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Why isn't Buxton on MLB OPS leaders list?

Minnesota Twins Talk Today, 04:36 PM
Buxton is listed only on the MLB HR leaders list. Not on OPS or AVG or SLG or OBP. He should be the leader in several of these. He has as...
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Game Thread: Twins vs. Seattle, 4/10/21 @ 1:10pm

Minnesota Twins Talk Today, 04:16 PM
Welcome back to the Twins Daily game thread party! After a rare Friday night off the Minnesota Twins will take on the Seattle Mariners t...
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Morneau

Minnesota Twins Talk Today, 02:09 PM
I thought he was was really good last year. Maybe I'm on an opening day high (Not high) but he is so good.Who would have thought he would...
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The 5 Rule Draft

Twins Minor League Talk Today, 01:52 PM
This year's Rule 5 draft we lost Akil Baddo and Tyler Wells. So I thought I'd check to see how they were doing. 1st I checked on Baddo, h...
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Ex Twins in 2021: Where Are They Now?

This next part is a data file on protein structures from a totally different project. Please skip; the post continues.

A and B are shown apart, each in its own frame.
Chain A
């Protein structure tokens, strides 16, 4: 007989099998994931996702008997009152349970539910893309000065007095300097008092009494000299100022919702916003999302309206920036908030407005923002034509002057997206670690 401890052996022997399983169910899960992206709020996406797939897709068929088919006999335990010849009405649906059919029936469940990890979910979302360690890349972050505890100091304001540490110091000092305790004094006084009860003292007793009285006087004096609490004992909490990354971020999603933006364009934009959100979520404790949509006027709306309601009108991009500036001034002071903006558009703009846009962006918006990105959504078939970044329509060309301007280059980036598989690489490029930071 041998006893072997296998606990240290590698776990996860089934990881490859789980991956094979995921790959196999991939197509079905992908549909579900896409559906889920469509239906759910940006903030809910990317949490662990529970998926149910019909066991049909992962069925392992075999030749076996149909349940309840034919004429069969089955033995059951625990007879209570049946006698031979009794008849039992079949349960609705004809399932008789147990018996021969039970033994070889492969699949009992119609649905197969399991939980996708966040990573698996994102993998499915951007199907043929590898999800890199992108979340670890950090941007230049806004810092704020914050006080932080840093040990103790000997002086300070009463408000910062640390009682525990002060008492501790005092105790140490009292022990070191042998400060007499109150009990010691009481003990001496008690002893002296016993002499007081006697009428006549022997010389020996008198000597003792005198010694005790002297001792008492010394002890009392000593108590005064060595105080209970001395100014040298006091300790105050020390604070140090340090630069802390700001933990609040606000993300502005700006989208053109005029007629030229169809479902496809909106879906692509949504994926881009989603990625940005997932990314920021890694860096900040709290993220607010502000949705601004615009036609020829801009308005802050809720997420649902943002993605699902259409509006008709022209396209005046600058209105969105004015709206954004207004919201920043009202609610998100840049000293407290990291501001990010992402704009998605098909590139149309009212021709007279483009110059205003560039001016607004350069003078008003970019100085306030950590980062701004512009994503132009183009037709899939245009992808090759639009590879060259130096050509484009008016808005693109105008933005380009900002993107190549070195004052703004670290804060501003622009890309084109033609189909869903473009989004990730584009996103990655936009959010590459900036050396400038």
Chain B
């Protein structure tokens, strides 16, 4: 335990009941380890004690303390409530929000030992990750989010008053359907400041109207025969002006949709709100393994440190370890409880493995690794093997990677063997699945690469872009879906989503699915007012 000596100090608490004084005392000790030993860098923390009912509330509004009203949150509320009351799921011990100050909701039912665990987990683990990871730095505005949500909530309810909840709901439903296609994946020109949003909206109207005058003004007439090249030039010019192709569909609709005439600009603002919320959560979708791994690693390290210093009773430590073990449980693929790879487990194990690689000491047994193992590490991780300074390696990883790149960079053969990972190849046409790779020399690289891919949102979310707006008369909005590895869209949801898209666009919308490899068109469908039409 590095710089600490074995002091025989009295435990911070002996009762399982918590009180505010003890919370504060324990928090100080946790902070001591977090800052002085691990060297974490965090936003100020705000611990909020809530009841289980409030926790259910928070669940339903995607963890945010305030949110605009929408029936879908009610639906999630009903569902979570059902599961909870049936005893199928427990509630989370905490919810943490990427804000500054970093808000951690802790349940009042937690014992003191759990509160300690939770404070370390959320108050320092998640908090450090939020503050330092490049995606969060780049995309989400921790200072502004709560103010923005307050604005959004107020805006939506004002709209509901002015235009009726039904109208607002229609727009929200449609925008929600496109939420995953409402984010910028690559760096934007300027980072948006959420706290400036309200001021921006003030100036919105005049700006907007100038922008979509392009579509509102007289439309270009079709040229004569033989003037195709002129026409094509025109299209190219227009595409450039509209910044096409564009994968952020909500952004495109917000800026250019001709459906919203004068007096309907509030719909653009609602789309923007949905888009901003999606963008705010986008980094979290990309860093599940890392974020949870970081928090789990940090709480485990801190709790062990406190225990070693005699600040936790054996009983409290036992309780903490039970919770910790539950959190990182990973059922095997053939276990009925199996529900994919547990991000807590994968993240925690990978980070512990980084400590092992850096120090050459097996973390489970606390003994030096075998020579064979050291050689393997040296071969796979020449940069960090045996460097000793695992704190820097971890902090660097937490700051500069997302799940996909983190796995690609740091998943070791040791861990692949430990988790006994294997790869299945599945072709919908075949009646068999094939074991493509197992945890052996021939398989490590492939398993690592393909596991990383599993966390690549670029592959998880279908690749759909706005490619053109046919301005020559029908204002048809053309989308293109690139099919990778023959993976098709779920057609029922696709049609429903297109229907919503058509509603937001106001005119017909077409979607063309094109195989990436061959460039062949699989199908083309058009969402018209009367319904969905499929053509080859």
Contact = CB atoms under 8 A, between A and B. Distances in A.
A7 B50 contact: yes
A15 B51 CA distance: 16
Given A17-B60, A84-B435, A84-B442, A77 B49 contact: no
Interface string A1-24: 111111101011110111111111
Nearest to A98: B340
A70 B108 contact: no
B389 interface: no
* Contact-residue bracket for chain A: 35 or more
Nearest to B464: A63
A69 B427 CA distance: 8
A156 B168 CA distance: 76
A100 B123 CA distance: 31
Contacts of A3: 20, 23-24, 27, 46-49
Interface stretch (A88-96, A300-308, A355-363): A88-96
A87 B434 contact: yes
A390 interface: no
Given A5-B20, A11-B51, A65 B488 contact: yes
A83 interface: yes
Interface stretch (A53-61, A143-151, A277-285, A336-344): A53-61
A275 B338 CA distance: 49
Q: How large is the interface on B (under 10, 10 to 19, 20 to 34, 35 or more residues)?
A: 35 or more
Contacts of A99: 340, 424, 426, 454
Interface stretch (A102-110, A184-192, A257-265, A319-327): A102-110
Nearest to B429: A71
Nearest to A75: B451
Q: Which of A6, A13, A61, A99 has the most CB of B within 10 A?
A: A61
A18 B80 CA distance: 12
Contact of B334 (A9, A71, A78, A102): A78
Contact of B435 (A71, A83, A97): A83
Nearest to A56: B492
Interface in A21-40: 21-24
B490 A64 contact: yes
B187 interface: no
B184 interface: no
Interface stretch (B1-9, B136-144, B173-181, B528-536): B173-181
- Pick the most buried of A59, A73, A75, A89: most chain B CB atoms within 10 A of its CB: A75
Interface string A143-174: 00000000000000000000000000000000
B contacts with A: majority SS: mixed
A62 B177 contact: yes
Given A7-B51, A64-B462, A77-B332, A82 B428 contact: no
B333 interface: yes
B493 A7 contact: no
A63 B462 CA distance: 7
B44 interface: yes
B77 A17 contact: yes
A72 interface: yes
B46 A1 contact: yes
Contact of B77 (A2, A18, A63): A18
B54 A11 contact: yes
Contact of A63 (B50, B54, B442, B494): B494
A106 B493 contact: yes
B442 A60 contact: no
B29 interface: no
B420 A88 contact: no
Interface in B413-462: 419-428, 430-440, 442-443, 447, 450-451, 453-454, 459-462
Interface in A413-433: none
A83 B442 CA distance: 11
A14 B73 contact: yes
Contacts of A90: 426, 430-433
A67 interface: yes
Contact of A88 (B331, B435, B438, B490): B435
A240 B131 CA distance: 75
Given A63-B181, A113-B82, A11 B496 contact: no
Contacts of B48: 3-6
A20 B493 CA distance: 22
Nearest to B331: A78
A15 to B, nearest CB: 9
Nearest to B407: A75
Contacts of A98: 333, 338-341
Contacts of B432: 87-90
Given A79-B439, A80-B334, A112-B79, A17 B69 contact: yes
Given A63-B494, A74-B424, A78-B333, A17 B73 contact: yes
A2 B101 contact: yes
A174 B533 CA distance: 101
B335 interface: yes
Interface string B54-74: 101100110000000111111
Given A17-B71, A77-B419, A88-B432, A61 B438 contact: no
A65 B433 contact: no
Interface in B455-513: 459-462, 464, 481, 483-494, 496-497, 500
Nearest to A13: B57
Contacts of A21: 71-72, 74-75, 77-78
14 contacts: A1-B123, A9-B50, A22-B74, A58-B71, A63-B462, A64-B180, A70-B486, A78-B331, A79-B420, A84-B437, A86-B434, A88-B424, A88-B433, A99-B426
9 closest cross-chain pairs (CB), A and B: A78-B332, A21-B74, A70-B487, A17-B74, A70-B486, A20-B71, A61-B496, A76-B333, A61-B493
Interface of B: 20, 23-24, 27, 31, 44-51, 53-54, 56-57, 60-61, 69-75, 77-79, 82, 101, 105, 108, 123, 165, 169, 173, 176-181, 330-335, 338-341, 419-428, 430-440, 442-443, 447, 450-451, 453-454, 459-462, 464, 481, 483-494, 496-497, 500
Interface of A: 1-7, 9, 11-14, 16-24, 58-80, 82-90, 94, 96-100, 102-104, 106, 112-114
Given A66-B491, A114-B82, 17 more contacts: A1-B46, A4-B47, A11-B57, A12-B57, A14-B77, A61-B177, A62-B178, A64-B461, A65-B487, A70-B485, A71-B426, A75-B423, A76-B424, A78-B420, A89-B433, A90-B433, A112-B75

Minnesota Twins Talk Today, 12:19 PM
One of my favorite annual threads on the site. Let’s stay updated on ex-Twins in the news... This is a start of a list, and feel free to...
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Top 5 Seasons For MLB Hitters Over 40-Years-Old

The Twins have signed up Nelson Cruz for a another round with the Bomba Squad. He will turn 41-years old this season, so let’s examine the top seasons from hitters over 40-years old.
Image courtesy of © Bob DeChiara-USA TODAY Sports
To be clear, Cruz is going to have to put himself into elite company if he wants to crack into this top-5 list. Every name below is a member of the Hall of Fame and some of the players are considered among the best to every play the game.

5. Sam Rice, 1930 (Age-40)
4.6 WAR, .349/.407/.457, 1 HR, 73 RBI, 123 wRC+
In a weird way, the Twins can claim Rice since he was a member of the Washington Senators and that franchise would eventually move to Minnesota. The 1930 campaign saw Rice compile a career high WAR, which is pretty crazy to consider it was 16th year. Few home runs were hit during Rice’s playing career, but he scored a career high 121 runs. He’d play through his age 44 season, but the 1930 season was his last where he played more than 120 games.

4. Carlton Fisk, 1990 (Age-42)